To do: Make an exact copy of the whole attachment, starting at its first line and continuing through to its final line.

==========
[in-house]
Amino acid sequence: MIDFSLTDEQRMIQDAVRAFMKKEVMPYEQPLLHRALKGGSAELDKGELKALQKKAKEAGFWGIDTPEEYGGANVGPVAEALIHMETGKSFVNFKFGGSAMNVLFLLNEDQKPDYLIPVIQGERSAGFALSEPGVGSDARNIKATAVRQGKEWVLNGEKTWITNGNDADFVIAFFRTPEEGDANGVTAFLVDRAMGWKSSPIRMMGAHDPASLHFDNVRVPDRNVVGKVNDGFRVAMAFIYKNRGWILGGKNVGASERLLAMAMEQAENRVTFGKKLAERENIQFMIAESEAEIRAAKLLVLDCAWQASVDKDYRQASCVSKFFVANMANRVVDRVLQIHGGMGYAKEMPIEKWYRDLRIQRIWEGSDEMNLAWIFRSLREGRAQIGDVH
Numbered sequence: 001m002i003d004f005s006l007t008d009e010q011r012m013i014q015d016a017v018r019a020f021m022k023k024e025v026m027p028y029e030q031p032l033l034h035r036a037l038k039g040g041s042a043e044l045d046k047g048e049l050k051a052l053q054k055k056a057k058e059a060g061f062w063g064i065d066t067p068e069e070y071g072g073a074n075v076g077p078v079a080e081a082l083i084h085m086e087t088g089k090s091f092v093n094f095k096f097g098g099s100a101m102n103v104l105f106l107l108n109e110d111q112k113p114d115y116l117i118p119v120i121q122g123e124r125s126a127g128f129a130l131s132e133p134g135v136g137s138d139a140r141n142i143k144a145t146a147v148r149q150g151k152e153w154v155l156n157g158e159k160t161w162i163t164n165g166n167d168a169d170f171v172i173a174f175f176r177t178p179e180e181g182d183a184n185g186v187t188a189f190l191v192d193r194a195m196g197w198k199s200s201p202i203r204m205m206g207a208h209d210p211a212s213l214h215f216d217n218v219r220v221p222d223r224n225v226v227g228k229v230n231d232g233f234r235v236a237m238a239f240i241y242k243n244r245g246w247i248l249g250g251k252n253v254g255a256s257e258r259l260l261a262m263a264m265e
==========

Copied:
[in-house]
Amino acid sequence: MIDFSLTDEQRMIQDAVRAFMKKEVMPYEQPLLHRALKGGSAELDKGELKALQKKAKEAGFWGIDTPEEYGGANVGPVAEALIHMETGKSFVNFKFGGSAMNVLFLLNEDQKPDYLIPVIQGERSAGFALSEPGVGSDARNIKATAVRQGKEWVLNGEKTWITNGNDADFVIAFFRTPEEGDANGVTAFLVDRAMGWKSSPIRMMGAHDPASLHFDNVRVPDRNVVGKVNDGFRVAMAFIYKNRGWILGGKNVGASERLLAMAMEQAENRVTFGKKLAERENIQFMIAESEAEIRAAKLLVLDCAWQASVDKDYRQASCVSKFFVANMANRVVDRVLQIHGGMGYAKEMPIEKWYRDLRIQRIWEGSDEMNLAWIFRSLREGRAQIGDVH
Numbered sequence: 001m002i003d004f005s006l007t008d009e010q011r012m013i014q015d016a017v018r019a020f021m022k023k024e025v026m027p028y029e030q031p032l033l034h035r036a037l038k039g040g041s042a043e044l045d046k047g048e049l050k051a052l053q054k055k056a057k058e059a060g061f062w063g064i065d066t067p068e069e070y071g072g073a074n075v076g077p078v079a080e081a082l083i084h085m086e087t088g089k090s091f092v093n094f095k096f097g098g099s100a101m102n103v104l105f106l107l108n109e110d111q112k113p114d115y116l117i118p119v120i121q122g123e124r125s126a127g128f129a130l131s132e133p134g135v136g137s138d139a140r141n142i143k144a145t146a147v148r149q150g151k152e153w154v155l156n157g158e159k160t161w162i163t164n165g166n167d168a169d170f171v172i173a174f175f176r177t178p179e180e181g182d183a184n185g186v187t188a189f190l191v192d193r194a195m196g197w198k199s200s201p202i203r204m205m206g207a208h209d210p211a212s213l214h215f216d217n218v219r220v221p222d223r224n225v226v227g228k229v230n231d232g233f234r235v236a237m238a239f240i241y242k243n244r245g246w247i248l249g250g251k252n253v254g255a256s257e258r259l260l261a262m263a264m265e